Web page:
Many years before the first clouds of the crisis would hover over the Greek skies, amidst Greek society’s most glorious of moments and its most mundane of days, the lives and labour of migrants would be faced with their meticulous devaluation. For them, the crisis has by now come of age. Yet despite and against shallow journalistic interpretations, there is nothing humanitarian about it. This is because for them the crisis was from the upstart orchestrated politically, socially and militarily. In this way, the discourse about racism in crisis-ridden Greece merely obfuscates and comes in handy. For it obscures exactly how structural this devaluation had been for the development of the Greek state in itself, as well as for the self-perception of Greek society. Yet the crisis knows how to twist meanings too. Today, migrants are accused of the very decline of the Greek edifice. And within this twisted world, their devaluation takes on a more offensive and, at the same time, a more legitimate form. Impossible Biographies, as part of the research project The City at a Time of Crisis, bears witness to this offensive.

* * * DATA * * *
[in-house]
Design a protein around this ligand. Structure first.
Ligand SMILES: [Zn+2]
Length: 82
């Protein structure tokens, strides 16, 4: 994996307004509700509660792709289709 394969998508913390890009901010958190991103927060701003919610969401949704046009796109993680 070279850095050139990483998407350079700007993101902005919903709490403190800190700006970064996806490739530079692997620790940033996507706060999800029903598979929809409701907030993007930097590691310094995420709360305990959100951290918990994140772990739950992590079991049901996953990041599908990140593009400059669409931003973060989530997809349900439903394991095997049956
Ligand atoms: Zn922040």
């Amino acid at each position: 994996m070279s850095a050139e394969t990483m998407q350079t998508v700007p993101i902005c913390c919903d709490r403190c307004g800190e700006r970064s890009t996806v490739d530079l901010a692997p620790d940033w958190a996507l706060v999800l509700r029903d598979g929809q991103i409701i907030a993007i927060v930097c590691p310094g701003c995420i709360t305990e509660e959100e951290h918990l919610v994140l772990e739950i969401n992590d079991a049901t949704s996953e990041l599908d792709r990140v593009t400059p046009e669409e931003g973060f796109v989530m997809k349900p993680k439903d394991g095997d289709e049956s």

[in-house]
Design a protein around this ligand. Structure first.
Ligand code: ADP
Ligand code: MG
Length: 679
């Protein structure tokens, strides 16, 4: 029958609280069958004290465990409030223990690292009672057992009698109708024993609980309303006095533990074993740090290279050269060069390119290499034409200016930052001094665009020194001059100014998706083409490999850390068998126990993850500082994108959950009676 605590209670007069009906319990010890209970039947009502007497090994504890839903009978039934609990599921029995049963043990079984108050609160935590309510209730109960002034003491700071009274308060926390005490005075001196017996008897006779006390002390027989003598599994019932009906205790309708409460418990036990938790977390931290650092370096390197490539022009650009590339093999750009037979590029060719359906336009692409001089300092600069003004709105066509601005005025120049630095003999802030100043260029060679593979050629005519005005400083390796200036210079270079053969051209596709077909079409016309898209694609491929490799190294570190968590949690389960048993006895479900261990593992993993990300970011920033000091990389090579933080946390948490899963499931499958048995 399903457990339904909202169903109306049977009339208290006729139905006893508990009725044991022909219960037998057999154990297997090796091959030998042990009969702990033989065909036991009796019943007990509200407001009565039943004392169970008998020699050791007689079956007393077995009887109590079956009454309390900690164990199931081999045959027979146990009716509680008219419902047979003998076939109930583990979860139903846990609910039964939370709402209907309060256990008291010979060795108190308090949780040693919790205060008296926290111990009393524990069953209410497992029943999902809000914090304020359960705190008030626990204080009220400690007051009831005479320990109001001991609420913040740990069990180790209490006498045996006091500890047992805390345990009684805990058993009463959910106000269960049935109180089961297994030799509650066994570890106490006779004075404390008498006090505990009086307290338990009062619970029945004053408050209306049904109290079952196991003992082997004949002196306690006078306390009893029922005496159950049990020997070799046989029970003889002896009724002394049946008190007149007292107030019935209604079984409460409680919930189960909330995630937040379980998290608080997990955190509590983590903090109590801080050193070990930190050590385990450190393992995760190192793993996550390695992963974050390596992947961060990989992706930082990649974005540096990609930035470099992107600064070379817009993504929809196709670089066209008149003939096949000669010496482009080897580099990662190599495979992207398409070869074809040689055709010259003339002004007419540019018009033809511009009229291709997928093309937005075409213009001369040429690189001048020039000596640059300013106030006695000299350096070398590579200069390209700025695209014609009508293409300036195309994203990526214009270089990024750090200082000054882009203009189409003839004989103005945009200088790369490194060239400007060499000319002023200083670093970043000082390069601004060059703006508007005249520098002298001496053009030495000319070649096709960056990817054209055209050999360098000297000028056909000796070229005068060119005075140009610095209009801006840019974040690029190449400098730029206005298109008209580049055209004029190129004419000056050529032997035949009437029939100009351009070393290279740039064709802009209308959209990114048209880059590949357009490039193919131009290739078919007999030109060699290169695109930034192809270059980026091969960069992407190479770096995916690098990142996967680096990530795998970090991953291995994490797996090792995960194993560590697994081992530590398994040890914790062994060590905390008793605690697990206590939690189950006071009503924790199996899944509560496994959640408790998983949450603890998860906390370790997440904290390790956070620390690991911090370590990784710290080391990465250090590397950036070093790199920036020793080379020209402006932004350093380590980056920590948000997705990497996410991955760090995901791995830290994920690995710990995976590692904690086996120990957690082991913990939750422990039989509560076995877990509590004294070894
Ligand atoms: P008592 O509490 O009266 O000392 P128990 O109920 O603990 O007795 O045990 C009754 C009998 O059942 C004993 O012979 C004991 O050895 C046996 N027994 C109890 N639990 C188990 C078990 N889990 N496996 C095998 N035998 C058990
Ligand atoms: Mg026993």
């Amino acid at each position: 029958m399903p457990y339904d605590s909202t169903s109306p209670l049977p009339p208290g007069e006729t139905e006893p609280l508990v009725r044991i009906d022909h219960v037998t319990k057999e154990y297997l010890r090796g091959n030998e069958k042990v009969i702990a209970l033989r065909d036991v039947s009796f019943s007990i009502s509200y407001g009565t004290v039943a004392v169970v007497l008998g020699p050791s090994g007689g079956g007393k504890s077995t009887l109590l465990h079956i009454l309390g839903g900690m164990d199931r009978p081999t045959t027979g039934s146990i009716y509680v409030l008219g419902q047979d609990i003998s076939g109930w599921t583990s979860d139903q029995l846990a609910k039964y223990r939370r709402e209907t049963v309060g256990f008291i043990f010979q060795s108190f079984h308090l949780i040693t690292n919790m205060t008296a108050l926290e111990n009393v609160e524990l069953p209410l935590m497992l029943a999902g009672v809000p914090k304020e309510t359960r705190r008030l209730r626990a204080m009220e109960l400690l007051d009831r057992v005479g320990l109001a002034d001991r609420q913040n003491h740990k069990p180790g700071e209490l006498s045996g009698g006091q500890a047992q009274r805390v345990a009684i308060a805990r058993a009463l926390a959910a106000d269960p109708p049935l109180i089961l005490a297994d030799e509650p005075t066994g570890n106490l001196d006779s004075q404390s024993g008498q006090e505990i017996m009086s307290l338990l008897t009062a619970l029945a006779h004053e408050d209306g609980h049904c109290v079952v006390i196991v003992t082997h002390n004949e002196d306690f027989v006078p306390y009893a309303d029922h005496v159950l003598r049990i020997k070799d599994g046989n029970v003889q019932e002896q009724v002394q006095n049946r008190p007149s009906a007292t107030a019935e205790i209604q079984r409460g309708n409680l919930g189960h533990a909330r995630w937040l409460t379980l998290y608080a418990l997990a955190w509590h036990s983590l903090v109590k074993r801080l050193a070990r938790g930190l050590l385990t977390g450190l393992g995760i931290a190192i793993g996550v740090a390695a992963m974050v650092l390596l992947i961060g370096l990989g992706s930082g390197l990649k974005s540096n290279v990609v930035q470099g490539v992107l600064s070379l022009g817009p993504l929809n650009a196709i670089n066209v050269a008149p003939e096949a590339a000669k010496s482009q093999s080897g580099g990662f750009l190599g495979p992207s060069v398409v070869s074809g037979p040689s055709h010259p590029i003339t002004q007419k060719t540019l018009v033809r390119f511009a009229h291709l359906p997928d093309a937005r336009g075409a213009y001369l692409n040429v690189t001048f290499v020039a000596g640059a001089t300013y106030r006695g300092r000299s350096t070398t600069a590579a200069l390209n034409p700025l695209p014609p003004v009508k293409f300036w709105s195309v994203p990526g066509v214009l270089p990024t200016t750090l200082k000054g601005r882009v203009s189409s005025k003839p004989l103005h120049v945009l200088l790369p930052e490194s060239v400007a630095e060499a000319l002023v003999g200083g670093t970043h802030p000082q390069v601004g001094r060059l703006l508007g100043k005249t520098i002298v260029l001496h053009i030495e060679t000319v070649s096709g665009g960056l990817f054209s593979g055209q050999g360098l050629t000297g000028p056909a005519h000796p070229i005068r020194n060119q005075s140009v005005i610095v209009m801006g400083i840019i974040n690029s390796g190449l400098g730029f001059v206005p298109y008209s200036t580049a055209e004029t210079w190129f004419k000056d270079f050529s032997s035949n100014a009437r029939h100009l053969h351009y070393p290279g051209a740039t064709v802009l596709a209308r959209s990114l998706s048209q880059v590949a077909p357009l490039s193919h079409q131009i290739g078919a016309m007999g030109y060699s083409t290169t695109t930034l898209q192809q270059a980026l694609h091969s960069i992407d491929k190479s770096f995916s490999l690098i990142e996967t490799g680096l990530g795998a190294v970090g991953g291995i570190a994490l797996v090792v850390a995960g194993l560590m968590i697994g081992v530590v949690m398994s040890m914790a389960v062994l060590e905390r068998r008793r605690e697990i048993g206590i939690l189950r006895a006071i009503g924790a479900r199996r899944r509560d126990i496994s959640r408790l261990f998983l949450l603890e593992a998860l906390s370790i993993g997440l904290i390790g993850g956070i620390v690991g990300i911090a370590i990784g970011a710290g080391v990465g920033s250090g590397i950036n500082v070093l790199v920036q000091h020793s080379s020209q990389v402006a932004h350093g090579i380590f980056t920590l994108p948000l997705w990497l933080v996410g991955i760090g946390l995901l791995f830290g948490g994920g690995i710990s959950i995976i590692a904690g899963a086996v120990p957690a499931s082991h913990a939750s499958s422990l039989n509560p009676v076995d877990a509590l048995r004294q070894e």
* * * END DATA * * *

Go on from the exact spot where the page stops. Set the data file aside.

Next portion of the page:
How is the rise of the Greek neo-Nazi movement Golden Dawn related to the structural crisis of global and EU neoliberalism?
“It would be a mistake to think that the rise of Golden Dawn is a uniquely Greek problem. On the contrary, it is the seed that contains the destruction of the entire EU project. The responsibility for the rise of Golden Dawn reaches far outside the borders of Greece. To understand the rise of Golden Dawn we must look past the black-shirted thugs and simplistic ideology of racist nationalism to the genteel bankers and international financial speculators who are currently being allowed to brutalize entire populations in the search for profits. This story is not so different from what has happened before in other European countries like Italy, Spain, Portugal and even Germany where far-right extremists have ridden waves of popular anger to power. Golden Dawn proves that our fantasies of “post-nationalism” and “European integration” were premature. Economic and political inequality is still capable of producing violent paroxysms of ethnic nationalism. Until Europeans can learn to mitigate these effects of capitalism, they are bound to repeat its sad and painful history. Greece, which has always been the weakest of the Eurozone economies, is today the most extreme example of the effects of neoliberal austerity, but it is not unique. Unfortunately it is likely a harbinger of things to come.”
Christopher Lawrence, Greece’s Golden Dawn: A Wake-up Call for Europe, Truthout, 20 August 2013